Spike Jonze grew up on the children's classic Where the Wild Things Are, and wanted to make a very raw, very unconventional movie of it, portraying the wild things as the scary emotions kids feel. Jonze persuaded Maurice Sendak to take a shot on his vision, but the studio was a tougher sell, terrified that the result would be too dark and plotless for the box office bang they need from a big-budget picture, the New York Times reports.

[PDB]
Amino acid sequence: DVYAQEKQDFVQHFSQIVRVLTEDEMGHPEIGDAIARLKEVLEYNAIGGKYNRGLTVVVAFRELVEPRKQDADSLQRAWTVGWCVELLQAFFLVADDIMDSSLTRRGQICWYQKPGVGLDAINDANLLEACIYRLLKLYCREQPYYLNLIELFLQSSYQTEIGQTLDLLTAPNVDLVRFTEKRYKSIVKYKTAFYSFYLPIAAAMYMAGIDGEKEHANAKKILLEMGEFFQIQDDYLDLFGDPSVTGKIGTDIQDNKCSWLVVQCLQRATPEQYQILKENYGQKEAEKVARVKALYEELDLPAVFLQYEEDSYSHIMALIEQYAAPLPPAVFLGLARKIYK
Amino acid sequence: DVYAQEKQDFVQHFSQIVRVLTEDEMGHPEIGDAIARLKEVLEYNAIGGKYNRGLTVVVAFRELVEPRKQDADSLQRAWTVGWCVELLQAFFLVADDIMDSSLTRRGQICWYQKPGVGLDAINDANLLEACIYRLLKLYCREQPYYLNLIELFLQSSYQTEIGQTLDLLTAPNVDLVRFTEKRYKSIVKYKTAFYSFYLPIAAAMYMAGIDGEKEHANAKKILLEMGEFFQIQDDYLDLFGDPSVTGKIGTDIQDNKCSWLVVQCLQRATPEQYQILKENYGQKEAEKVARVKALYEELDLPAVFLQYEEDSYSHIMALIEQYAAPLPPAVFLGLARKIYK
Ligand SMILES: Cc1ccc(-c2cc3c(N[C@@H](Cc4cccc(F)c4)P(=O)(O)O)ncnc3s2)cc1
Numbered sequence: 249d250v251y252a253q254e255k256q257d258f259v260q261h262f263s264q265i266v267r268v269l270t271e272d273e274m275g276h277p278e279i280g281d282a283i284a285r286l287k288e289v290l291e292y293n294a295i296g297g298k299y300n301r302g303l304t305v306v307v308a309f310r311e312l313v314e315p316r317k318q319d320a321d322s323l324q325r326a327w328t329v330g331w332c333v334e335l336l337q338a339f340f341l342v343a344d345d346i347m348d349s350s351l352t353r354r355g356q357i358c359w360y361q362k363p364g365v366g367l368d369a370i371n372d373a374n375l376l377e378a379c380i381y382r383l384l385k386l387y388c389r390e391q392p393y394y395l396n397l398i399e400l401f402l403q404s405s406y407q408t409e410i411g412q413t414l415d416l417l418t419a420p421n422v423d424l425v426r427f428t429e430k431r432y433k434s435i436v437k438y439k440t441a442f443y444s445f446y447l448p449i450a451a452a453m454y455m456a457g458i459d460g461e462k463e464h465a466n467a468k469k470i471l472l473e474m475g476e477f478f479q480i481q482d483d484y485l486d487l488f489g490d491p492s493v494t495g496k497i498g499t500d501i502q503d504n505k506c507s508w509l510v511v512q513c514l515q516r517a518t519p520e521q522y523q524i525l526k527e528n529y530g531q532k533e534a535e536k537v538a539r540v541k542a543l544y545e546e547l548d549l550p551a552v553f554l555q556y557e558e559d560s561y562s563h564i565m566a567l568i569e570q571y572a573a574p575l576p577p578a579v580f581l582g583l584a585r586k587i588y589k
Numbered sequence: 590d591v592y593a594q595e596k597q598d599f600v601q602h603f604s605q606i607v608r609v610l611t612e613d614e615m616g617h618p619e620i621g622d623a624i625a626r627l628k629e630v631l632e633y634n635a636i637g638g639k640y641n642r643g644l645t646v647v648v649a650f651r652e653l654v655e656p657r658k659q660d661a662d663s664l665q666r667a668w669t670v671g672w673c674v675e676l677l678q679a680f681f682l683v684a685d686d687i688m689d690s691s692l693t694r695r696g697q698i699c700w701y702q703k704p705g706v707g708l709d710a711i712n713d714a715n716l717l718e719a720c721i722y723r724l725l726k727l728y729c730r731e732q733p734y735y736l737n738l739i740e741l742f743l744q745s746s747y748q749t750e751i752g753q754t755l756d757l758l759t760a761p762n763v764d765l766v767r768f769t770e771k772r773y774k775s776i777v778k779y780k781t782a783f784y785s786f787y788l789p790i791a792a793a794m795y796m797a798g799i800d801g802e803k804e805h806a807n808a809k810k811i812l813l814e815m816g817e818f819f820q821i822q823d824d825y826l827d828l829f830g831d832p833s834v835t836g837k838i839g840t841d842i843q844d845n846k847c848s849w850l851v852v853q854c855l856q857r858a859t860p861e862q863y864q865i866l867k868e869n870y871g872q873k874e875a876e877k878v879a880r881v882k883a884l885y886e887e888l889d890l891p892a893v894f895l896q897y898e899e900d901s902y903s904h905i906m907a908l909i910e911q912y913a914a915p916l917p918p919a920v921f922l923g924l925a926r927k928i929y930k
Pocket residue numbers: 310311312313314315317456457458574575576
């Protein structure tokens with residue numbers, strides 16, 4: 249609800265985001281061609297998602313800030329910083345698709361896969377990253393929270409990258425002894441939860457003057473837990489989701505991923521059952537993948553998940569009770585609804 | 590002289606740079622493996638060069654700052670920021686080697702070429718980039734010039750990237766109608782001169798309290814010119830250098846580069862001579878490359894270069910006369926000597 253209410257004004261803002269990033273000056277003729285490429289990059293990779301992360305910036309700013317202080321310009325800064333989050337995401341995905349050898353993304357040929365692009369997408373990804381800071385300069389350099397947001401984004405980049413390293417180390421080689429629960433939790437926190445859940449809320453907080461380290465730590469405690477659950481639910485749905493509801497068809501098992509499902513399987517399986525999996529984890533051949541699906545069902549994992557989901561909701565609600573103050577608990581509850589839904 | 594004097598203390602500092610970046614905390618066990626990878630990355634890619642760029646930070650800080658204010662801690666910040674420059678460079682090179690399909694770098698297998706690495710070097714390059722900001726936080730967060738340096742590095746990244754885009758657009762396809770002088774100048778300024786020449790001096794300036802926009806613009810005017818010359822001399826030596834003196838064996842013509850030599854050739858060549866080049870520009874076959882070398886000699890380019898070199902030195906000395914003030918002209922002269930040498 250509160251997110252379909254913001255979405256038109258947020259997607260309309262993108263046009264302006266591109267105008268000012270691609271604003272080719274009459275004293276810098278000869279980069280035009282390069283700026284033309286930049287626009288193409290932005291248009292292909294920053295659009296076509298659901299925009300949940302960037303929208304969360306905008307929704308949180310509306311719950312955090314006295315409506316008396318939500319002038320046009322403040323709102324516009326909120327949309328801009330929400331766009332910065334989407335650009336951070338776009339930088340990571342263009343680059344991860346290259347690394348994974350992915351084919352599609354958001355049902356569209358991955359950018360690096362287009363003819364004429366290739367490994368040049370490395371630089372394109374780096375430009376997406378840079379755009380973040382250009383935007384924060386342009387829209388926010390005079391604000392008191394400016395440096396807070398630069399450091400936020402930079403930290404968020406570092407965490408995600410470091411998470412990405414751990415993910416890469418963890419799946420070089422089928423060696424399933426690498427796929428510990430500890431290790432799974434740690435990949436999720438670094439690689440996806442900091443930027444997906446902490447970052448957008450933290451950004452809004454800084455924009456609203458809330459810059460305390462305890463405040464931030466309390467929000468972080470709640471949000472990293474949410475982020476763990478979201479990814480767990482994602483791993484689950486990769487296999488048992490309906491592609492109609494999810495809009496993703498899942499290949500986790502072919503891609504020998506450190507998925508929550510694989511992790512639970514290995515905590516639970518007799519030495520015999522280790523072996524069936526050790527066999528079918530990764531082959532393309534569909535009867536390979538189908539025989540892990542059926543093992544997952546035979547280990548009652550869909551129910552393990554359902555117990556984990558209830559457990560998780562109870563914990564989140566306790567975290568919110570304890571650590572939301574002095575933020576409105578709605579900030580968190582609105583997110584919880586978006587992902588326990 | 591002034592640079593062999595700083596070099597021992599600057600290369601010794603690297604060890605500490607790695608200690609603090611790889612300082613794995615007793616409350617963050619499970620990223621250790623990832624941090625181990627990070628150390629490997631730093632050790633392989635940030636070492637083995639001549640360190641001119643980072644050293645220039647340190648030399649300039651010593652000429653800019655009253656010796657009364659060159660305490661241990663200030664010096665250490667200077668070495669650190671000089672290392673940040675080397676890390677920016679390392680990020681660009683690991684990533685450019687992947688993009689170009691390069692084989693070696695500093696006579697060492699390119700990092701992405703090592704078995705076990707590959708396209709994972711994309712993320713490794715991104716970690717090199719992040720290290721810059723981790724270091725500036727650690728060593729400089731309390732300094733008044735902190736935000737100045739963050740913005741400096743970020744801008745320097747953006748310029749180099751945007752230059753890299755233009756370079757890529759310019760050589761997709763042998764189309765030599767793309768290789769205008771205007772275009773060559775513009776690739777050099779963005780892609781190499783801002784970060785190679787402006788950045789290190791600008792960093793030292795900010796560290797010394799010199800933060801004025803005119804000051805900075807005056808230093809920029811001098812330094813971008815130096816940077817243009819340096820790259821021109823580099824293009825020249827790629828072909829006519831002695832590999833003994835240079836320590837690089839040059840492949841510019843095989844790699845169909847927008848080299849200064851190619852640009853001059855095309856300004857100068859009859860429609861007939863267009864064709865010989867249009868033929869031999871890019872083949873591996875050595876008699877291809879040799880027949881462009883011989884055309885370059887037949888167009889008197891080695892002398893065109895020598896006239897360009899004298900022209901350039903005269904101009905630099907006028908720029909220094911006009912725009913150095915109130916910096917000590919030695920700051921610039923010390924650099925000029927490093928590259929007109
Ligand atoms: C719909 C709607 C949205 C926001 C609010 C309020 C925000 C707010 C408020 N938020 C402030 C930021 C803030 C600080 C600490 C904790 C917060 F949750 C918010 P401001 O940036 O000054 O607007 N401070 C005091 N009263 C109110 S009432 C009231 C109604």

That prompted a long, painful battle for the veteran video director with only two quirky feature films under his belt, Adaptation and Being John Malkovich. "It’s so insanely crazy and awesome and so untraditional,” a wowed Slashfilm editor said after seeing the result in preview this summer. “It feels like a movie that was written by a child who knew what he was doing but had never seen a movie before."